7 February 2008 – Case of the Week #110


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We thank Dr. Mike McCormick, Holy Family Memorial Hospital, Wisconsin (USA), for contributing this case.  To contribute a Case of the Week, email NatPernick@Hotmail.com with the clinical history, your diagnosis and microscopic images in JPG, GIF or TIFF format (send as attachments, we will shrink if necessary).  Please include any other images (gross, immunostains, etc.) that may be helpful or interesting.  We will write the discussion (unless you want to), list you as the contributor, and send you $35 (US dollars) for your time after we send out the case.  Please only send cases with a definitive diagnosis, and preferably cases that are out of the ordinary.


Case of the Week #110


Clinical History


A healthy 47 year old Caucasian man presented to his family physician after a slip and fall in his hot tub for persistent pain in the low back area.  A routine lumbosacral radiograph showed a fractured coccyx and a subtle, ill-defined lucency involving the sacrum and coccyx.  The clinical impression was an infected pilonidal cyst, and the patient received antibiotics.  Due to increasing pain, he consulted a general surgeon, who found induration and tenderness along the inner gluteal fold extending into the gluteal cleft.  There was no drainage or punctum.  The surgeon excised a small wedge of tissue.


Micro images: #1#2#3pan-keratinsynaptophysinAlcian blue   


What is your diagnosis?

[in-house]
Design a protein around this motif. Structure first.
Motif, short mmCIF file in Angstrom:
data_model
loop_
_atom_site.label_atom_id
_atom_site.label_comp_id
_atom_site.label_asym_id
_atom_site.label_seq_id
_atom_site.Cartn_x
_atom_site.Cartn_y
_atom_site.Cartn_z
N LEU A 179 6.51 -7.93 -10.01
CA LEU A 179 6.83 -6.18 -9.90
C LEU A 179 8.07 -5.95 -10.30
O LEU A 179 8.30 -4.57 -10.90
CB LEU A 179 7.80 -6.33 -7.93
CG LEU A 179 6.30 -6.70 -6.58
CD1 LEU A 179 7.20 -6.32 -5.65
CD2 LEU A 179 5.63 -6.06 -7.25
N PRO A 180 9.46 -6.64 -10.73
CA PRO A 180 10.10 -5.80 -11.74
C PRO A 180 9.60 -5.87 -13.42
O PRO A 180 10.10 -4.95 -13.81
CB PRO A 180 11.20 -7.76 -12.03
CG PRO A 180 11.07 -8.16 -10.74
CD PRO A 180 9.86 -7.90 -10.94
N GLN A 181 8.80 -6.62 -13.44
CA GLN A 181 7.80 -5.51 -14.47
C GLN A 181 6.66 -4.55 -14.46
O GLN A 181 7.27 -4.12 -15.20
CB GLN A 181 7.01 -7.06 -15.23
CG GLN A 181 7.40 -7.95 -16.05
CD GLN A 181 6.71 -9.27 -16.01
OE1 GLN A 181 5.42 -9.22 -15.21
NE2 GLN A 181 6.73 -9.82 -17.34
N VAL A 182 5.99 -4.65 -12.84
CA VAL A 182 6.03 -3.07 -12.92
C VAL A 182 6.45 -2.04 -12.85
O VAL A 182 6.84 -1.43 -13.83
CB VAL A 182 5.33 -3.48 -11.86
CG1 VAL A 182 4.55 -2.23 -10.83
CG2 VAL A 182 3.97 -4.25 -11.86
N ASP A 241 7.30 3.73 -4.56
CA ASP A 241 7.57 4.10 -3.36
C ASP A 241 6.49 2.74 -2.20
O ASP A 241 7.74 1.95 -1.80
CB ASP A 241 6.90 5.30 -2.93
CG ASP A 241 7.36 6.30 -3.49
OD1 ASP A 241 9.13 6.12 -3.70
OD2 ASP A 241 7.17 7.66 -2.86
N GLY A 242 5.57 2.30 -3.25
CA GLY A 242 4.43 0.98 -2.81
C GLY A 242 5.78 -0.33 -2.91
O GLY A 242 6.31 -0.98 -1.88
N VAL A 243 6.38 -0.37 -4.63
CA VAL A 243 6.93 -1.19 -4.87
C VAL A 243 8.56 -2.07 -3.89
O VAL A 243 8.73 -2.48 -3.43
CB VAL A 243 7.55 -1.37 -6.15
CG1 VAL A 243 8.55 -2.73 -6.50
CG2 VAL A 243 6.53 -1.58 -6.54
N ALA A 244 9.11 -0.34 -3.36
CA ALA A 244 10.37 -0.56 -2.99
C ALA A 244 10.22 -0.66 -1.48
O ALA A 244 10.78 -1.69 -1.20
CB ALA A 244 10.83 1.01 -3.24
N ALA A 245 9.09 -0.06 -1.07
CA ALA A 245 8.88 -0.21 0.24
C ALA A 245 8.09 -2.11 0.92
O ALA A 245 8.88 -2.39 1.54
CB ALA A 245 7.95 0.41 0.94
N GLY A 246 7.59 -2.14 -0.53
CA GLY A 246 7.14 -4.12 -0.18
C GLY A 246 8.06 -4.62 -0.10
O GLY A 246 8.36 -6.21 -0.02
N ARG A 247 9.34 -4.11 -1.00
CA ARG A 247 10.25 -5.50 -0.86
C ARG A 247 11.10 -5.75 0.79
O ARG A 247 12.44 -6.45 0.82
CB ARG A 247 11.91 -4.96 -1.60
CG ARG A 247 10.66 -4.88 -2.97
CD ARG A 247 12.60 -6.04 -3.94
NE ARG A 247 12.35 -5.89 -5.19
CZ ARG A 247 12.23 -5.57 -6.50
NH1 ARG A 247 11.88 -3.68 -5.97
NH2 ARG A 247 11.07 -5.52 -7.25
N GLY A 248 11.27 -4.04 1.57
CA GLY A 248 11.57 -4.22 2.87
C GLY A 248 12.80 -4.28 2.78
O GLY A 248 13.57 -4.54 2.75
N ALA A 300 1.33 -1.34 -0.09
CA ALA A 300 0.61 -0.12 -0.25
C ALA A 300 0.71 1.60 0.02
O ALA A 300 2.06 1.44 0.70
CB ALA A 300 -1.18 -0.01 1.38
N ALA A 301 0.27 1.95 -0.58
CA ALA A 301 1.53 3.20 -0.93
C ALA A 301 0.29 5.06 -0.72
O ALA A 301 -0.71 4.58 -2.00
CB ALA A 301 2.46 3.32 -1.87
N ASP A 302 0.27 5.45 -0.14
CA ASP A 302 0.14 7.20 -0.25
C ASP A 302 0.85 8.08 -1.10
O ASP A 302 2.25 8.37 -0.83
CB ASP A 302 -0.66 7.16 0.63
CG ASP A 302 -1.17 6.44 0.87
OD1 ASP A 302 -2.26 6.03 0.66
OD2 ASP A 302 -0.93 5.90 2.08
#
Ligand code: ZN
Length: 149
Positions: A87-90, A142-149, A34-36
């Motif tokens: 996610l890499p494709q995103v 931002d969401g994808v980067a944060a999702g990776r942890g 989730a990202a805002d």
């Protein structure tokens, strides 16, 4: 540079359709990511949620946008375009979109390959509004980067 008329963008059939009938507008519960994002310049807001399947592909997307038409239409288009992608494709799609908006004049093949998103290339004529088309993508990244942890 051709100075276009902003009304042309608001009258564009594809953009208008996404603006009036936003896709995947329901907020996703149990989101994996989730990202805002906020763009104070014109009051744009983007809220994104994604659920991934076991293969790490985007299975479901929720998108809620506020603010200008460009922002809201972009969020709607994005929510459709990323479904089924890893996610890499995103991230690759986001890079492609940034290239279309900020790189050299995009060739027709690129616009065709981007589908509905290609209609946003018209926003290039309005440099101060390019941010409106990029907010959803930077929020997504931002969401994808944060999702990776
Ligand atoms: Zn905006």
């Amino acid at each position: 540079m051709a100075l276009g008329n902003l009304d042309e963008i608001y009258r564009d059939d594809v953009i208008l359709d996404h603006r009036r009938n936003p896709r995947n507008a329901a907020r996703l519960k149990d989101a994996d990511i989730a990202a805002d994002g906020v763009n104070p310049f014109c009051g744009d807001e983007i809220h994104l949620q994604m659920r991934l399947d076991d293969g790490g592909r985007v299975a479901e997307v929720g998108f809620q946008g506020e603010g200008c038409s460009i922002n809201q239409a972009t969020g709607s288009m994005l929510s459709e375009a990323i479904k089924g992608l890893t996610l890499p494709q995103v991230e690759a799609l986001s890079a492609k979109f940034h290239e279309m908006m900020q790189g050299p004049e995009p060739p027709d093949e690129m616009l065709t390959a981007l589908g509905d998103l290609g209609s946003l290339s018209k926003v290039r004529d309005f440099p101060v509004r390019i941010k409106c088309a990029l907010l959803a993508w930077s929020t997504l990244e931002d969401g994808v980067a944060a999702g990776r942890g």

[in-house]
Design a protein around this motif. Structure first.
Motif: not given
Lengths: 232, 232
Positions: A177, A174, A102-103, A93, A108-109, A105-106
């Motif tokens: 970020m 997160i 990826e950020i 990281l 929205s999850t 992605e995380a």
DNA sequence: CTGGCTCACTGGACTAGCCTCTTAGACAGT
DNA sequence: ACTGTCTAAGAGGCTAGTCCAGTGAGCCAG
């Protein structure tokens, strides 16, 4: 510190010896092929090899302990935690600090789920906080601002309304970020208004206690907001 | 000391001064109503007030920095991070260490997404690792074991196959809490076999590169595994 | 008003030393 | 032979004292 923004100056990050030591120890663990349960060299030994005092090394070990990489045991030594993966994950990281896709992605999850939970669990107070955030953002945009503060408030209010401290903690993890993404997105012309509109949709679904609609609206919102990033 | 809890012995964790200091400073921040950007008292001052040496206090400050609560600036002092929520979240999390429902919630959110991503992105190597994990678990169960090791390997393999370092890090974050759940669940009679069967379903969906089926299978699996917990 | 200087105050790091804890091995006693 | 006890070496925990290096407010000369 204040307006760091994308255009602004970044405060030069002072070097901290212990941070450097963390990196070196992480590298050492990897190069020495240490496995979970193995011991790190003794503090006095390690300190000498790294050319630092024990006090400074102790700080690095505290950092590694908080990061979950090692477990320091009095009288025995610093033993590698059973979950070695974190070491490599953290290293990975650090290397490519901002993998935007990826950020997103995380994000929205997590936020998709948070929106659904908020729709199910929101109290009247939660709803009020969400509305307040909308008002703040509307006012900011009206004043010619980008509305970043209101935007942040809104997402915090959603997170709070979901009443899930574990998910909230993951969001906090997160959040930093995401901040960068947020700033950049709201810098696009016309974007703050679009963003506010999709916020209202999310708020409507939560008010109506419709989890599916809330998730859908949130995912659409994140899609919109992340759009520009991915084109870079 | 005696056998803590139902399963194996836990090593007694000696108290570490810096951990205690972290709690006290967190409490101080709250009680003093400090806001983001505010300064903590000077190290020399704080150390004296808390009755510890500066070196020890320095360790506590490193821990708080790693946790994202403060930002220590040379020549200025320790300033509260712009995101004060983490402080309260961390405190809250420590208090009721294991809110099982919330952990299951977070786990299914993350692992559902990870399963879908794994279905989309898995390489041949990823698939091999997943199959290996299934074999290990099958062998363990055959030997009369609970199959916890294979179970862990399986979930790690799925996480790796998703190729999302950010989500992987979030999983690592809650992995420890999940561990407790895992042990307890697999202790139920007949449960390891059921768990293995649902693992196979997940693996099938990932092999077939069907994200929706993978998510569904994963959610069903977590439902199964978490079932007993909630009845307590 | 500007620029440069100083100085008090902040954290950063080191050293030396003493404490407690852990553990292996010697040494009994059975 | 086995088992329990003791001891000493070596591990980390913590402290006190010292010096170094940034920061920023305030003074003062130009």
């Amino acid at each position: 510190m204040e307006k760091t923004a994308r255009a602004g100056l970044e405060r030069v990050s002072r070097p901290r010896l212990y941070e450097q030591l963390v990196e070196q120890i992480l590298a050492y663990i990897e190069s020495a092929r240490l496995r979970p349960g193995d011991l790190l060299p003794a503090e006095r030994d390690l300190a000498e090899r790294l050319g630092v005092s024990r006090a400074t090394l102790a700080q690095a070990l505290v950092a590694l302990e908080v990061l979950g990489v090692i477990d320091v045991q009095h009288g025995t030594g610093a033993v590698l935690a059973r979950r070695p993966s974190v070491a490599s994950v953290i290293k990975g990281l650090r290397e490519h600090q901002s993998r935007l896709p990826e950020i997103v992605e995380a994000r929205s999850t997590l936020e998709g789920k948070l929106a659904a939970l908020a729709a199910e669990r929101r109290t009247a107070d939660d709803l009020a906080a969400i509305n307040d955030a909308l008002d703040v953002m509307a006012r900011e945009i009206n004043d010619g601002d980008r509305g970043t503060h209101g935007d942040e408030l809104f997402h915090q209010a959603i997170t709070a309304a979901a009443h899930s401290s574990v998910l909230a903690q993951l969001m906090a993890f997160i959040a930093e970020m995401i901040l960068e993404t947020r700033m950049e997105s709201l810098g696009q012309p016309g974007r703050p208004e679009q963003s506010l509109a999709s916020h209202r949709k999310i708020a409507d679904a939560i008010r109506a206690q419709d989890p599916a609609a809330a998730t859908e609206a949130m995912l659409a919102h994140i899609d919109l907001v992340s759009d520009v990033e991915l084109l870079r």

The surgeon was skeptical of the diagnosis, and ordered an MRI (sagittal MRI), which revealed a large mass consistent with chordoma.


This case has the classic features of chordoma.  It is a rare, slow growing but malignant midline bone tumor that may arise from intraosseous benign notochordal cell tumors (AJSP 2007;31:1573, Mod Path 2005;18:1005).  It usually affects the sacrococcygeal region in adults, the spheno-occipital region in children, or the thoracolumbar spine.


Grossly, it is soft, gelatinous and hemorrhagic.  Histologically, it is characterized by cords and lobules of physaliferous cells (having bubbles or vacuoles) separated by a fibrous septa, with an extensive myxoid stroma.  The physaliferous cells are often large, with vacuolated cytoplasm and a prominent vesicular nucleus (Archives 2004;128:1457).  There may also be smaller tumor cells with a small nucleus.


The tumor cells are immunoreactive for keratin (CK 8/18, CK19, AE1-AE3), EMA and S100, and negative for CK7 and CK20.  They are occasionally focally positive for synaptophysin, but not chromogranin (Hum Path 1998;29:119).  The myxoid stroma is reactive with Alcian blue.


The differential diagnosis includes metastatic renal cell carcinoma (prominent vascularity, no lobulation) and chondrosarcoma (not midline, no fibrous septa, keratin negative).


Treatment includes aggressive surgery, often leading to long survival (Oncologist 2007;12:1344).  In children, external radiation is often successful for base of skull tumors (AJSP 2006;30:811).  Some tumors may dedifferentiate to high grade spindle cell sarcomas.



Nat Pernick, M.D., President
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